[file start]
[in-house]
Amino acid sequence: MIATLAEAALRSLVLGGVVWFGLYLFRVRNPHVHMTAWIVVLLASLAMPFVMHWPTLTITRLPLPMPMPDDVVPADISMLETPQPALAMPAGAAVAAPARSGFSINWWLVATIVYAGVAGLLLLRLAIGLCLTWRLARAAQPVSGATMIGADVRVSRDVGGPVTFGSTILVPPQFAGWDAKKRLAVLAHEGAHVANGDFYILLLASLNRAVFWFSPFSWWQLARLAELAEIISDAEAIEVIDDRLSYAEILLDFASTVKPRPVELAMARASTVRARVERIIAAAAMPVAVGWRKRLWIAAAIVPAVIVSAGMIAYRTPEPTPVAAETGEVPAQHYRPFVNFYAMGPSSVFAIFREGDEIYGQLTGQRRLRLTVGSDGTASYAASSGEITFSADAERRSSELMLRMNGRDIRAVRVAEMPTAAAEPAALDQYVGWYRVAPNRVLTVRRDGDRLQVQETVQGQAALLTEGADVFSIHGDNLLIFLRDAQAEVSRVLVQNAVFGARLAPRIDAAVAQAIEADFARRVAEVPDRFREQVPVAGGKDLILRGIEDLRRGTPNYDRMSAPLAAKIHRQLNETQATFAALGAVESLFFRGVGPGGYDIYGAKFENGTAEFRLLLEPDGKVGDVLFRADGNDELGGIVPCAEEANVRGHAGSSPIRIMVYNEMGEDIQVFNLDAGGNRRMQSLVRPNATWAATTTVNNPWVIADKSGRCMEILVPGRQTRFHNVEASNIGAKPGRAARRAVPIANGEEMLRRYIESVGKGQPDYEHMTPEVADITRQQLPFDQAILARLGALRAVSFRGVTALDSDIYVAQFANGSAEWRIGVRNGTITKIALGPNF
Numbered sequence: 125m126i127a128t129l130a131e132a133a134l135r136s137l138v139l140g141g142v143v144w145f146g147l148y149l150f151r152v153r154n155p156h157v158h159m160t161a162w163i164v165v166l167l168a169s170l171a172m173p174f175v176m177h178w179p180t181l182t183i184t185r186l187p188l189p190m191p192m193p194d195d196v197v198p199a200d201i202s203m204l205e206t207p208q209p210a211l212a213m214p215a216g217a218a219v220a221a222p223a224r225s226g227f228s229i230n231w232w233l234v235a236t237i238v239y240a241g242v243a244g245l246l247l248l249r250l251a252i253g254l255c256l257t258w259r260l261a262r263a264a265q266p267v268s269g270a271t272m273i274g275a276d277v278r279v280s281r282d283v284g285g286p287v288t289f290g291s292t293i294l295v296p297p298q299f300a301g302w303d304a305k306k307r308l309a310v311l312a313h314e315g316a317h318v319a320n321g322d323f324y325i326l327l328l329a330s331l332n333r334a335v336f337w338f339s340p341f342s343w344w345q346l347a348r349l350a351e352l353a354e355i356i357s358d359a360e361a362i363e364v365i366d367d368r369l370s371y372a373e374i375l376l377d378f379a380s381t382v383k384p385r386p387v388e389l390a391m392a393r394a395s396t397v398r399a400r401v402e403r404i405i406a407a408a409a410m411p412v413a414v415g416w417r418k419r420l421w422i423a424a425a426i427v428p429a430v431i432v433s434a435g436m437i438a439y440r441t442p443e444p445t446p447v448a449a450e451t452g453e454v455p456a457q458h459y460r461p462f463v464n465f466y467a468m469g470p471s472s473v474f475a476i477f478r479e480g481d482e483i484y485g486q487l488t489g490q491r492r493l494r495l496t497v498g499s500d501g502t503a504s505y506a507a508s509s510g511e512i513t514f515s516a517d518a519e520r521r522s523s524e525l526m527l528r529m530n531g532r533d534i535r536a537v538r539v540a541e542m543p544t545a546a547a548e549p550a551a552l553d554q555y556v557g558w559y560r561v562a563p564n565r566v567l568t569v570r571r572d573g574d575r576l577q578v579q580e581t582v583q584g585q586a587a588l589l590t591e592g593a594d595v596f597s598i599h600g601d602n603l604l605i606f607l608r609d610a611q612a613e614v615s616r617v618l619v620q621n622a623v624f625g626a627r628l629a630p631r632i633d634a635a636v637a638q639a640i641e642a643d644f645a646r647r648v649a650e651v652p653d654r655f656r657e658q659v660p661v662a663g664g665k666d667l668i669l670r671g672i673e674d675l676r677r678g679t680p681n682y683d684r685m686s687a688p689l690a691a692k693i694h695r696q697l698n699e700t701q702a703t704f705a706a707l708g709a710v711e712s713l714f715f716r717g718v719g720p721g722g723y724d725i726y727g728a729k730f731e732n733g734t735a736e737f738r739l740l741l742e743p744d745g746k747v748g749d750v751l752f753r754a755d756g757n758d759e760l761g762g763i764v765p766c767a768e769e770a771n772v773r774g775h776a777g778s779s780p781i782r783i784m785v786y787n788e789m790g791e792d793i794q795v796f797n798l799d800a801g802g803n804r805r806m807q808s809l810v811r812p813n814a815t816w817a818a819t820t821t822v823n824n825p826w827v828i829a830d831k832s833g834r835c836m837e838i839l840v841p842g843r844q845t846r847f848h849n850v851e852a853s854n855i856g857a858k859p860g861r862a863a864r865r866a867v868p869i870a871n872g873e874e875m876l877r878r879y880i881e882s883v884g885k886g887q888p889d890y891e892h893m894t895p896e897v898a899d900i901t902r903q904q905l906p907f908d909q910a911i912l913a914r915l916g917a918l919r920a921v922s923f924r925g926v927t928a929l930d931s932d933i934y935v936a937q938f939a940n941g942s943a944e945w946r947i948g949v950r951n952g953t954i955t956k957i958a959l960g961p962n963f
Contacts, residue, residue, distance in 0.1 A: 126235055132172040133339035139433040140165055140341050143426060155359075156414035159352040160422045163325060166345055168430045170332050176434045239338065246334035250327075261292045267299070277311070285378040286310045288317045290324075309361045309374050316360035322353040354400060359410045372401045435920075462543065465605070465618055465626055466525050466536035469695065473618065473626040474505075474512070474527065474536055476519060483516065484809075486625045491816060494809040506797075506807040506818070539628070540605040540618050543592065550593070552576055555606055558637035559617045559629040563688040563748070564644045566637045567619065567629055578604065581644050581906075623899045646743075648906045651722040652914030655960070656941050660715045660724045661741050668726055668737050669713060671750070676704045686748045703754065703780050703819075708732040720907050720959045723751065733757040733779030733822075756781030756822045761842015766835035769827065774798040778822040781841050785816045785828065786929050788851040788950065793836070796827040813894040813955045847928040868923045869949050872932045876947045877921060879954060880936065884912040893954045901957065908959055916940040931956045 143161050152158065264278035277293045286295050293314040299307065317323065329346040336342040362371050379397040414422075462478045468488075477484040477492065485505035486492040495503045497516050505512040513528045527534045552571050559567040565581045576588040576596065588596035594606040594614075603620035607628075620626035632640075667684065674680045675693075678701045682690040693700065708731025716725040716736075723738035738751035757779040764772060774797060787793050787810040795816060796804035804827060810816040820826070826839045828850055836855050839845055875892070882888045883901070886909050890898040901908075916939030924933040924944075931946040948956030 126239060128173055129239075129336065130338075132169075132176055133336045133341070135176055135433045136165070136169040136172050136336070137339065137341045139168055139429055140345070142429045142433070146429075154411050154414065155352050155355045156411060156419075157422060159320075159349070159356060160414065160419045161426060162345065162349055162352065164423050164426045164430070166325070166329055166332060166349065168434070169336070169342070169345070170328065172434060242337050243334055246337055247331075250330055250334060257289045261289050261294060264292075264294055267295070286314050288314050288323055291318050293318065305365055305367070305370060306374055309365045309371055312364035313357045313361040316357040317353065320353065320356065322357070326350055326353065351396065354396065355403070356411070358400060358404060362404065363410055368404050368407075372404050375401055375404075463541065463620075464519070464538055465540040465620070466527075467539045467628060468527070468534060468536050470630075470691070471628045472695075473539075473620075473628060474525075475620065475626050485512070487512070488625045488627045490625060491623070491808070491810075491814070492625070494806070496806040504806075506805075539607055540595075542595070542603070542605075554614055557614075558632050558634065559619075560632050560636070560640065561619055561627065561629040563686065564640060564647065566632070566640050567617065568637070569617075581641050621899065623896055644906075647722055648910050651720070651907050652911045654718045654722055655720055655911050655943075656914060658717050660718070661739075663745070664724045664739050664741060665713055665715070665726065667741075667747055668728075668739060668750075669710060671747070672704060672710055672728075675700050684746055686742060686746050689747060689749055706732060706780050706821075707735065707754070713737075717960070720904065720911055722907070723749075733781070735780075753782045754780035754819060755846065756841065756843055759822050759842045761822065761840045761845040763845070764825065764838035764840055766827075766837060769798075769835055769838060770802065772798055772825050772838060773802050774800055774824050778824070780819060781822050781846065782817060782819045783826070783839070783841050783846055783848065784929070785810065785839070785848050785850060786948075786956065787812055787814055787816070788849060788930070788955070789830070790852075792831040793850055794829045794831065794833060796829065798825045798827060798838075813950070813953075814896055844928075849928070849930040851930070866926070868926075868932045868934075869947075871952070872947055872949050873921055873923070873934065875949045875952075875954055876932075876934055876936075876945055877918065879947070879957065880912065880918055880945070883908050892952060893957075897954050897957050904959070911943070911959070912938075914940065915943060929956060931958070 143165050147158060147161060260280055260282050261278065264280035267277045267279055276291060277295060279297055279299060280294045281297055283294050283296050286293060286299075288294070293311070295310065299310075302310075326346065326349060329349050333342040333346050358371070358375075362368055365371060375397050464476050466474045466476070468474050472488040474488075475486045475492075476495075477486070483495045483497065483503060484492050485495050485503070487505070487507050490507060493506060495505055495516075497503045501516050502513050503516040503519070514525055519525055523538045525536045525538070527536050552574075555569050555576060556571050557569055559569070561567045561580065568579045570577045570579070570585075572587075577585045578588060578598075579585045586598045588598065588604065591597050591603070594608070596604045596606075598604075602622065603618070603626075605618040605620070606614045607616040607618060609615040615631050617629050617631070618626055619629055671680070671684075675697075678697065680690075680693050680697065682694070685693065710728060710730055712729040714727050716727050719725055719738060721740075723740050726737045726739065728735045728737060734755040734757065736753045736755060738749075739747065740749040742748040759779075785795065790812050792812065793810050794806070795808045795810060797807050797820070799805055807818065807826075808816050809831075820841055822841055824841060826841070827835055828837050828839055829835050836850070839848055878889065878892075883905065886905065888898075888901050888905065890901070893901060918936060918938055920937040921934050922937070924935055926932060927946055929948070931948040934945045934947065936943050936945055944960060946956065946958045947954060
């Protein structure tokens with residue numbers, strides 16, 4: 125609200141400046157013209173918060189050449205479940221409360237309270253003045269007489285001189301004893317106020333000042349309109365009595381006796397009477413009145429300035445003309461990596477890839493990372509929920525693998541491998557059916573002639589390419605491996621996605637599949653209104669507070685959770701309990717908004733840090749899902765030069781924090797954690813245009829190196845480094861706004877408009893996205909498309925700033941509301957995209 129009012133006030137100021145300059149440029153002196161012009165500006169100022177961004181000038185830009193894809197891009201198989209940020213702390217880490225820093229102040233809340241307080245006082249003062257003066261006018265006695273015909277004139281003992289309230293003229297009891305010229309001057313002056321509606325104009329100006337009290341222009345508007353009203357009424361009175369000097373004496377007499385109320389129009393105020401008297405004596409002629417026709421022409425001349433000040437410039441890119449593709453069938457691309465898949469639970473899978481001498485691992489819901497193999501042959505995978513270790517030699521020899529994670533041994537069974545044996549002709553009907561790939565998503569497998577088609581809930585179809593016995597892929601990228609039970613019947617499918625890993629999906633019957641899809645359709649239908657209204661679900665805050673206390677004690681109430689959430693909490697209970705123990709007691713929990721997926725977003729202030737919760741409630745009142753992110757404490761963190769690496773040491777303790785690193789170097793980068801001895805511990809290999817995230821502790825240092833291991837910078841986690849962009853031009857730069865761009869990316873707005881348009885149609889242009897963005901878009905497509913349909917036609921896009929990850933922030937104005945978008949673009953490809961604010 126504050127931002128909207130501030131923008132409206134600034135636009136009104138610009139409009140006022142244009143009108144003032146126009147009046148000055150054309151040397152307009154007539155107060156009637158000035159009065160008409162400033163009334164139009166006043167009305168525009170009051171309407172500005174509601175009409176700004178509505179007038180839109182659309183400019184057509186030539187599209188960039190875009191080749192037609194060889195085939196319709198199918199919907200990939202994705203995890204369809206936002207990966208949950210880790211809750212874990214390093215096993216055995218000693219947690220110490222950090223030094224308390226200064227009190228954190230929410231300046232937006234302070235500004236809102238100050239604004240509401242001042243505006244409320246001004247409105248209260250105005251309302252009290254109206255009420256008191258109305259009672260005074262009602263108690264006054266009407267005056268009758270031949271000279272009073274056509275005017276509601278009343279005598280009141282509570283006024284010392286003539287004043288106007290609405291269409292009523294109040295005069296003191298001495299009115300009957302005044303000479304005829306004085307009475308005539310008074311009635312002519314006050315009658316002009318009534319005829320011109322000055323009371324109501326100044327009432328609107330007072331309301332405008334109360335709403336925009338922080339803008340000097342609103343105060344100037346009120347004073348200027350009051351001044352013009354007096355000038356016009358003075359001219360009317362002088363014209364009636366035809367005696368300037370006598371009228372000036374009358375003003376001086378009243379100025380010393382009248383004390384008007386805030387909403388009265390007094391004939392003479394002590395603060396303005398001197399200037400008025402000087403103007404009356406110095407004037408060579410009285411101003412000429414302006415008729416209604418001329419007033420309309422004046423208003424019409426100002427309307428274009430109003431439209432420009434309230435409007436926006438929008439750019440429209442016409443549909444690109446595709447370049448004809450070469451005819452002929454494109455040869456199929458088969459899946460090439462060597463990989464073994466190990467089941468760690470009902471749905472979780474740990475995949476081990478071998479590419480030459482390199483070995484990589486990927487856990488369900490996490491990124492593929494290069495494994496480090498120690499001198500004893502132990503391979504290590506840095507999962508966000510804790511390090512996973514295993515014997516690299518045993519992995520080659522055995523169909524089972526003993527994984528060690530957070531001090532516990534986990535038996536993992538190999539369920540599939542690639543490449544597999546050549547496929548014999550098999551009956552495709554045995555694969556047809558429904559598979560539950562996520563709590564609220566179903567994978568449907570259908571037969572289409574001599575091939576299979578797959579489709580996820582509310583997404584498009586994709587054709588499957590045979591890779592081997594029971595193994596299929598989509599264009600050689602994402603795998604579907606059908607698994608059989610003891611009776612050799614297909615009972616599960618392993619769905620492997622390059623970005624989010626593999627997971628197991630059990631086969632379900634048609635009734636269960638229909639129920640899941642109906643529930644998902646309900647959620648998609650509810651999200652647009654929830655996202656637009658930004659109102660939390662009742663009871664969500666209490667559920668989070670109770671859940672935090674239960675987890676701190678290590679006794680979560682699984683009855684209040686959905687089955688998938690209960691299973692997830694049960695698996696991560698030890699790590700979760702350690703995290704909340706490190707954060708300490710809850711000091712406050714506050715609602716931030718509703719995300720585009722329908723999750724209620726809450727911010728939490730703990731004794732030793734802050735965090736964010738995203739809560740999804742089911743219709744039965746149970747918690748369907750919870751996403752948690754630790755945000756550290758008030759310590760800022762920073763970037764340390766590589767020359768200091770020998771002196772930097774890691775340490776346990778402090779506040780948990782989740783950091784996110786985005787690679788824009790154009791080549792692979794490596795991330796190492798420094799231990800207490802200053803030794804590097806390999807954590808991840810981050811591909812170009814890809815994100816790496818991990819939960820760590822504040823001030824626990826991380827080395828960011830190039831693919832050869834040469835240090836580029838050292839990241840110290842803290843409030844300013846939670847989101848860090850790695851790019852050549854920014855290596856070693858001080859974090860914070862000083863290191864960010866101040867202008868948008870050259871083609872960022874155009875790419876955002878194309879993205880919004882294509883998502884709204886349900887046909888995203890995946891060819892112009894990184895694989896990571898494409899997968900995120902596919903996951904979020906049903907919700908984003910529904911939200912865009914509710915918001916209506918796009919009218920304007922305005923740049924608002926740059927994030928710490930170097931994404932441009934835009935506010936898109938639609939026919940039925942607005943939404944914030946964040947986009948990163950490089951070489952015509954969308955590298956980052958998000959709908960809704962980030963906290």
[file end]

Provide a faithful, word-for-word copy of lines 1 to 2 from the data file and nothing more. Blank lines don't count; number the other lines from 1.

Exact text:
[in-house]
Amino acid sequence: MIATLAEAALRSLVLGGVVWFGLYLFRVRNPHVHMTAWIVVLLASLAMPFVMHWPTLTITRLPLPMPMPDDVVPADISMLETPQPALAMPAGAAVAAPARSGFSINWWLVATIVYAGVAGLLLLRLAIGLCLTWRLARAAQPVSGATMIGADVRVSRDVGGPVTFGSTILVPPQFAGWDAKKRLAVLAHEGAHVANGDFYILLLASLNRAVFWFSPFSWWQLARLAELAEIISDAEAIEVIDDRLSYAEILLDFASTVKPRPVELAMARASTVRARVERIIAAAAMPVAVGWRKRLWIAAAIVPAVIVSAGMIAYRTPEPTPVAAETGEVPAQHYRPFVNFYAMGPSSVFAIFREGDEIYGQLTGQRRLRLTVGSDGTASYAASSGEITFSADAERRSSELMLRMNGRDIRAVRVAEMPTAAAEPAALDQYVGWYRVAPNRVLTVRRDGDRLQVQETVQGQAALLTEGADVFSIHGDNLLIFLRDAQAEVSRVLVQNAVFGARLAPRIDAAVAQAIEADFARRVAEVPDRFREQVPVAGGKDLILRGIEDLRRGTPNYDRMSAPLAAKIHRQLNETQATFAALGAVESLFFRGVGPGGYDIYGAKFENGTAEFRLLLEPDGKVGDVLFRADGNDELGGIVPCAEEANVRGHAGSSPIRIMVYNEMGEDIQVFNLDAGGNRRMQSLVRPNATWAATTTVNNPWVIADKSGRCMEILVPGRQTRFHNVEASNIGAKPGRAARRAVPIANGEEMLRRYIESVGKGQPDYEHMTPEVADITRQQLPFDQAILARLGALRAVSFRGVTALDSDIYVAQFANGSAEWRIGVRNGTITKIALGPNF